- APR (annual percentage rate): The APR is the total cost of the loan, including the interest rate plus additional fees. The most affordable loan is typically one with the lowest APR.
- Fees: Some lenders charge fees, such as a prepayment penalty, origination fee, or late fee. Check what fees each lender you’re considering charges before you decide.
- Loan amount: Check the minimum and maximum loan amounts each lender offers to make sure it’ll fit your financial needs.
- Credit score: To confirm a potential borrower’s eligibility, some lenders will check their credit score and credit history to confirm their ability to pay back the loan. To save yourself time, check if the lenders you’re considering have a minimum credit score requirement.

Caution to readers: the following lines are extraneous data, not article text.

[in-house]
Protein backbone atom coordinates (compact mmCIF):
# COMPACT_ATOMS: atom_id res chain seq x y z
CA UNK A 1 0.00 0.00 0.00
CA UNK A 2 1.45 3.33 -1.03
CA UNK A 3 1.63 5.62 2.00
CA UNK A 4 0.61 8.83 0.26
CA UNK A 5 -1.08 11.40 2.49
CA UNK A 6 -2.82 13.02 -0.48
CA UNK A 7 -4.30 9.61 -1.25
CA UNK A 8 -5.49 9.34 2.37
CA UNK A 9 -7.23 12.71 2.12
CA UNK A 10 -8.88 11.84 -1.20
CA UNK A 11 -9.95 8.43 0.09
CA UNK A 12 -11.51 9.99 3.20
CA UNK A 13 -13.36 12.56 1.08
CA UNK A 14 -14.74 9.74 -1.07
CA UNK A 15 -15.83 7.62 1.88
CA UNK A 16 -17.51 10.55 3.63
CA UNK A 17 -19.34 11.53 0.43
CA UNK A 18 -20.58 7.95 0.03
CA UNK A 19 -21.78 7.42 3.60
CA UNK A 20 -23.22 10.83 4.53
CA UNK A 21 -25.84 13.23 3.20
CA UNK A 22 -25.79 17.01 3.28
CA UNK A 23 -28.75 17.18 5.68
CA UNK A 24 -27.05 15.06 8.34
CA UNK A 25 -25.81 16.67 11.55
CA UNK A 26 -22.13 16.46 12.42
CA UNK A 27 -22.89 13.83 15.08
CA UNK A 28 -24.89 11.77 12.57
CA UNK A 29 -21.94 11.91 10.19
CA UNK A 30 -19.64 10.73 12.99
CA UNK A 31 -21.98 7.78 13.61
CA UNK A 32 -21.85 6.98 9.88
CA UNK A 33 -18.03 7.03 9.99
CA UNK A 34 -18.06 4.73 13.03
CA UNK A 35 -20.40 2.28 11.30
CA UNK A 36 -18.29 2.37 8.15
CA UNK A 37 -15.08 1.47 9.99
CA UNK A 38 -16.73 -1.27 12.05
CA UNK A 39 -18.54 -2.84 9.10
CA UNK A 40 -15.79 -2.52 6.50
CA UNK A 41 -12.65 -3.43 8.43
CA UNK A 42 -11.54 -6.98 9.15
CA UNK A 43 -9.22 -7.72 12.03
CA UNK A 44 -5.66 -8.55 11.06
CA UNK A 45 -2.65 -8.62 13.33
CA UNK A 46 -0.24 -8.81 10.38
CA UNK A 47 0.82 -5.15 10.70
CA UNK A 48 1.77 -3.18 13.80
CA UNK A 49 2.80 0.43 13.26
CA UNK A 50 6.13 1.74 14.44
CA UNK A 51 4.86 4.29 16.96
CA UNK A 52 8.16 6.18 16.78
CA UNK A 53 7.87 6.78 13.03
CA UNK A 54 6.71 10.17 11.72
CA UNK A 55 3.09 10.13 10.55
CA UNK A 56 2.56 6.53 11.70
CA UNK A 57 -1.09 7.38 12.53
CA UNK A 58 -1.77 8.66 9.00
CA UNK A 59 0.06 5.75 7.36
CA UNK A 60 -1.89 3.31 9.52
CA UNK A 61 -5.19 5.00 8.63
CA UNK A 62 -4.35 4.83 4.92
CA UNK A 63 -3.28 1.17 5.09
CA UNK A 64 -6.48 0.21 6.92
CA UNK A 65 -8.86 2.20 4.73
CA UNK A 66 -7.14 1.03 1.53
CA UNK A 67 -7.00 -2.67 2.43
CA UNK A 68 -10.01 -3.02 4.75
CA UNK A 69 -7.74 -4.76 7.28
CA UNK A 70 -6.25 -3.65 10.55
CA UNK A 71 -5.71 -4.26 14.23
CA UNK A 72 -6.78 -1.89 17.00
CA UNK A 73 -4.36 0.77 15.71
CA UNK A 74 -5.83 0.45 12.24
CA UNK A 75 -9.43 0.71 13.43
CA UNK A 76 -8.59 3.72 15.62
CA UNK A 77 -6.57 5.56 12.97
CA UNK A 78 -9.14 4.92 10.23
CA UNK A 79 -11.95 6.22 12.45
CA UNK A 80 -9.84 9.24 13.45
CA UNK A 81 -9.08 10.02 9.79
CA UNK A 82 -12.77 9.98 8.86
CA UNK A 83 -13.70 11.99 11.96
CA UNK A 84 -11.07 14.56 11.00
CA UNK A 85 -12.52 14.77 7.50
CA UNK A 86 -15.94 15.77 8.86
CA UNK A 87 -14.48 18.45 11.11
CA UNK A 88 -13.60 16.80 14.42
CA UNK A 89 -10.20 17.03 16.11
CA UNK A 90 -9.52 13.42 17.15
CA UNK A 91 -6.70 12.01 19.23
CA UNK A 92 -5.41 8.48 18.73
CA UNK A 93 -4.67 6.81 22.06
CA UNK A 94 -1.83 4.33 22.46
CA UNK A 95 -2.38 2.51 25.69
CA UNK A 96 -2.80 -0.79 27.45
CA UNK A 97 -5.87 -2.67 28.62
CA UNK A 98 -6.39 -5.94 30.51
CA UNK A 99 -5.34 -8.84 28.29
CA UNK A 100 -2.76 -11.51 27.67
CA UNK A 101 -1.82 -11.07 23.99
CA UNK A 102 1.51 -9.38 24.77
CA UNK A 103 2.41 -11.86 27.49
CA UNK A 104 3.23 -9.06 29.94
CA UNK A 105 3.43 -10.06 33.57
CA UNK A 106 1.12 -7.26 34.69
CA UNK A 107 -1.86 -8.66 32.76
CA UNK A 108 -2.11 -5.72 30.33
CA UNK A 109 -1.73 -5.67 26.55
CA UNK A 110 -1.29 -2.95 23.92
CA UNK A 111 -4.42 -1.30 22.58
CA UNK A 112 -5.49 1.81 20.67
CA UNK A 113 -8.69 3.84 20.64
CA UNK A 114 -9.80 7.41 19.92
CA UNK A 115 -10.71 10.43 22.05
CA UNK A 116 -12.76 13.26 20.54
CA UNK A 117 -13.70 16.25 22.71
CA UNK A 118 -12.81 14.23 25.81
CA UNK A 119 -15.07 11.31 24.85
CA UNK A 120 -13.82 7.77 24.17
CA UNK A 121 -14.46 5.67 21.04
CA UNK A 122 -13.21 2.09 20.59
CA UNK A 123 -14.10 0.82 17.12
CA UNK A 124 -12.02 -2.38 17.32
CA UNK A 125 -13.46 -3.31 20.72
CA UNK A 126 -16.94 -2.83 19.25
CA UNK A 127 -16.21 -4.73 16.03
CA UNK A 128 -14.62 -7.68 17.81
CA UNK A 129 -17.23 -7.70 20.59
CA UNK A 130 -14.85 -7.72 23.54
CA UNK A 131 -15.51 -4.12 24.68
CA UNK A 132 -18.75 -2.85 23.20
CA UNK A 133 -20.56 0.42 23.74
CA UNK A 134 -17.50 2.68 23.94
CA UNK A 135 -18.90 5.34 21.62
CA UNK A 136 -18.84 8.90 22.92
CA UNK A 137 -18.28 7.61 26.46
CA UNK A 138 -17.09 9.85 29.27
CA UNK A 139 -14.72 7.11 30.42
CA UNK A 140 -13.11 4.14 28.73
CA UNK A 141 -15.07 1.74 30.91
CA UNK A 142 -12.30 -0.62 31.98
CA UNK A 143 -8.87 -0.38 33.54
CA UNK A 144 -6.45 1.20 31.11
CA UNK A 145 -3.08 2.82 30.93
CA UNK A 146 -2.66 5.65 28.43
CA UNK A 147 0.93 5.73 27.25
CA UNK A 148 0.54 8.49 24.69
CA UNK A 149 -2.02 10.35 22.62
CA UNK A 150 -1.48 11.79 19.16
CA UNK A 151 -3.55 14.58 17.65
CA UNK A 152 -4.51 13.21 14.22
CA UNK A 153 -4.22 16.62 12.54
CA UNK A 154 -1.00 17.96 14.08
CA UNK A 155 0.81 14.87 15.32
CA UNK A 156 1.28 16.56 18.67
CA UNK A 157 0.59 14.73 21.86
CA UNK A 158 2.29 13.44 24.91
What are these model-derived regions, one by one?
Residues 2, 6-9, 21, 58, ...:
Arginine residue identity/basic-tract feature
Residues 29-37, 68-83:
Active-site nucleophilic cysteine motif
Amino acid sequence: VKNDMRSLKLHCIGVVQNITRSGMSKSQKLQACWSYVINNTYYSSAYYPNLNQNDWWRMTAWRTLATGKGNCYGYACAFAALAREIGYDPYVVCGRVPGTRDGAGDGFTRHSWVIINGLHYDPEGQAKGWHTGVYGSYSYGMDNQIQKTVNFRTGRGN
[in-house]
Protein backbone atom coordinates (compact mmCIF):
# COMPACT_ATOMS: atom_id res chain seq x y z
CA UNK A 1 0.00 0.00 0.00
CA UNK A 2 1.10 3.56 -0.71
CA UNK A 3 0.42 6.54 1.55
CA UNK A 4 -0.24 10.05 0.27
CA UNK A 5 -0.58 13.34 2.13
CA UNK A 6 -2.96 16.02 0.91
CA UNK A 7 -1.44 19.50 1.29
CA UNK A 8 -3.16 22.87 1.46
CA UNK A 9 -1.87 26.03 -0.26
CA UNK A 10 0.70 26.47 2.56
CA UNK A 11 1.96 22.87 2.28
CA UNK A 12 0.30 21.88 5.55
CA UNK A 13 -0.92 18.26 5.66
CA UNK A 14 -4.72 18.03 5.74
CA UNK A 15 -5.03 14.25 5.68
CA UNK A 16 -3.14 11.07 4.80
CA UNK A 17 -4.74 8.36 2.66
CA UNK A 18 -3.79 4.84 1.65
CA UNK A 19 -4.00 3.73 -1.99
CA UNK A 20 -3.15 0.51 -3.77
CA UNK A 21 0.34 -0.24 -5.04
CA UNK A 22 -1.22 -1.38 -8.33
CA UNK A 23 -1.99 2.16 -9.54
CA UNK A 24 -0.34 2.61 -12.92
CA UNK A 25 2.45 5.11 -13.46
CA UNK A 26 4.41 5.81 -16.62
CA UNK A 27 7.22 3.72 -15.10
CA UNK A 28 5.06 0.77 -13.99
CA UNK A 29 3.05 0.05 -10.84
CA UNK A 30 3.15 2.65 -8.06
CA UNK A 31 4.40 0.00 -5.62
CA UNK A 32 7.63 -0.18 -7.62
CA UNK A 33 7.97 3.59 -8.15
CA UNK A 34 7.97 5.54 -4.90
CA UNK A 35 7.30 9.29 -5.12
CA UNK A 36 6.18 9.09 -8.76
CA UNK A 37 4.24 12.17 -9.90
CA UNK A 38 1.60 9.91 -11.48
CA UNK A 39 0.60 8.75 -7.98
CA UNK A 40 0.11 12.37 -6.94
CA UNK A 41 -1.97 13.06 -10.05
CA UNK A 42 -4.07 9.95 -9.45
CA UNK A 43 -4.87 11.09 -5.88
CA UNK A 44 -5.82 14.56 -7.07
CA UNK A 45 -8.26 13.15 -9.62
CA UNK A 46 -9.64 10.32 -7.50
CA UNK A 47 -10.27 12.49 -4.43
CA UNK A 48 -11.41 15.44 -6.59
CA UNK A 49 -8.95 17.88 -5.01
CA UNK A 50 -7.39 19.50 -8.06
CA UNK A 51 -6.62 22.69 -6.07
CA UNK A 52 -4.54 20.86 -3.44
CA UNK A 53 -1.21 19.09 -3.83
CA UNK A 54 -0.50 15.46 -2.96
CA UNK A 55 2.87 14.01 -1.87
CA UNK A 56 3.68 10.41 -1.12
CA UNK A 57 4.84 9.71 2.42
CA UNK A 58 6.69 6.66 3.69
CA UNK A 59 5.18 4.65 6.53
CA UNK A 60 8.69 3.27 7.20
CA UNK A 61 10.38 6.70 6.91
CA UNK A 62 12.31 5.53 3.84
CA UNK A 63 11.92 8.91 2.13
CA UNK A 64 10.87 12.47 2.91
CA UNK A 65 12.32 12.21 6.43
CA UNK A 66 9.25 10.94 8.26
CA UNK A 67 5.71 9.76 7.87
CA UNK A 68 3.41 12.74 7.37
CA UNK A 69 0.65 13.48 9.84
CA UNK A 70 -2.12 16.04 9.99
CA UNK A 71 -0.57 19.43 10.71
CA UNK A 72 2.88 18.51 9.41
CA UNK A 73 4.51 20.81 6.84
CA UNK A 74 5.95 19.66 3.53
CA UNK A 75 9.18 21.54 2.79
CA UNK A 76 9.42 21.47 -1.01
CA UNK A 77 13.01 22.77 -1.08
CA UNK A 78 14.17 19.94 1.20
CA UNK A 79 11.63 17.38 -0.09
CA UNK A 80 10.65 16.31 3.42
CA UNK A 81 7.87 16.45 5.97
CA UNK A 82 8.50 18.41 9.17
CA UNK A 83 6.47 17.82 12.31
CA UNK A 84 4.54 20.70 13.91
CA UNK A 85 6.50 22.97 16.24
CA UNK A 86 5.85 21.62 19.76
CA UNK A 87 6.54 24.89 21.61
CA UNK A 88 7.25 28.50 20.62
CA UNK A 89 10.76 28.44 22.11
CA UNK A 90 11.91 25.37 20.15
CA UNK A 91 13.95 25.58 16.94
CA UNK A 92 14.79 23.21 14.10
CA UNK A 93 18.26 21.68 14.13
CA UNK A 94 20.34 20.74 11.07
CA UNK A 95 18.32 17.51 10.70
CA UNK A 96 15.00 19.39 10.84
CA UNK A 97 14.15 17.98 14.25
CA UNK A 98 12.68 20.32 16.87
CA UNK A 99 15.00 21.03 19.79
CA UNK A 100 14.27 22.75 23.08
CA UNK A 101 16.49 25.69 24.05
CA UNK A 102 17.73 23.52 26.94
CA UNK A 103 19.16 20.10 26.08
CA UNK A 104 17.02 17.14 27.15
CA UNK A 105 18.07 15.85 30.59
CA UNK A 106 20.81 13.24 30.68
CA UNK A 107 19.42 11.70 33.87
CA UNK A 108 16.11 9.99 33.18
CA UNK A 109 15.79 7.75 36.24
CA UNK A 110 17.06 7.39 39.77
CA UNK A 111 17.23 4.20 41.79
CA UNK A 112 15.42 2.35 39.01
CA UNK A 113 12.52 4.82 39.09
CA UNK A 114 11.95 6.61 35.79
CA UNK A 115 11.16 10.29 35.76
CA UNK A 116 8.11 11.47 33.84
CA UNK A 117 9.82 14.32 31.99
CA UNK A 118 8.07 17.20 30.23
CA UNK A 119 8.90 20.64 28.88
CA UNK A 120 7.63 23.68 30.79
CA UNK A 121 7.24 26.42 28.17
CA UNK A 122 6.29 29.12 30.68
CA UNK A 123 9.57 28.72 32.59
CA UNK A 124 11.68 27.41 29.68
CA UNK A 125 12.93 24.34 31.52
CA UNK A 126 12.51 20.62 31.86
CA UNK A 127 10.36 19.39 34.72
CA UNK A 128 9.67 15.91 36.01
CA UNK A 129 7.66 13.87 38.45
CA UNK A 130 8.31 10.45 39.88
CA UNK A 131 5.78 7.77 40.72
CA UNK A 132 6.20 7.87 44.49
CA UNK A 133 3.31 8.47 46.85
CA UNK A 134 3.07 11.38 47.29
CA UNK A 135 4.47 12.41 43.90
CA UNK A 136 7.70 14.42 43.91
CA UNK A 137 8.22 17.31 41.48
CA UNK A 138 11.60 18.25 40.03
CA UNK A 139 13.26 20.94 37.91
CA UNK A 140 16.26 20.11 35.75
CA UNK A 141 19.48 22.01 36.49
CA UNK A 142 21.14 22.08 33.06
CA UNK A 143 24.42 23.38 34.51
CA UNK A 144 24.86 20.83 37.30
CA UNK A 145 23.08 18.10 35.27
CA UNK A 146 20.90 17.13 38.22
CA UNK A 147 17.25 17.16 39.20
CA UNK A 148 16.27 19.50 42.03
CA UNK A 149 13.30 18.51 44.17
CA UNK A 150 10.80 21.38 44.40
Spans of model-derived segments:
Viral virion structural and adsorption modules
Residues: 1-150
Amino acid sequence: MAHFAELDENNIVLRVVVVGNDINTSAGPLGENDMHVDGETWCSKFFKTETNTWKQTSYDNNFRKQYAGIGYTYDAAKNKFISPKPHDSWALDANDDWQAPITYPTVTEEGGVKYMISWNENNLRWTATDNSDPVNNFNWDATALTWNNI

4. Select a lender and apply
After you weigh your options and select a lender, it’s time to apply. Prepare by collecting the documents you need, such as your W-2, paystubs, and bank statements. Once you submit your loan application, the lender will do a hard credit check. As a result, your credit score will drop a few points temporarily. Once they make you an offer, review it thoroughly before you accept it.
Pro tip: You don’t always need a “good” credit score to get an installment loan. Some lenders offer installment loans to borrowers with “bad credit.” If you have a low credit score, shop around and compare several options before making a final decision. Some lenders, like Upstart, consider more than your credit score when determining loan terms.
Installment loan FAQs
What is an online installment loan?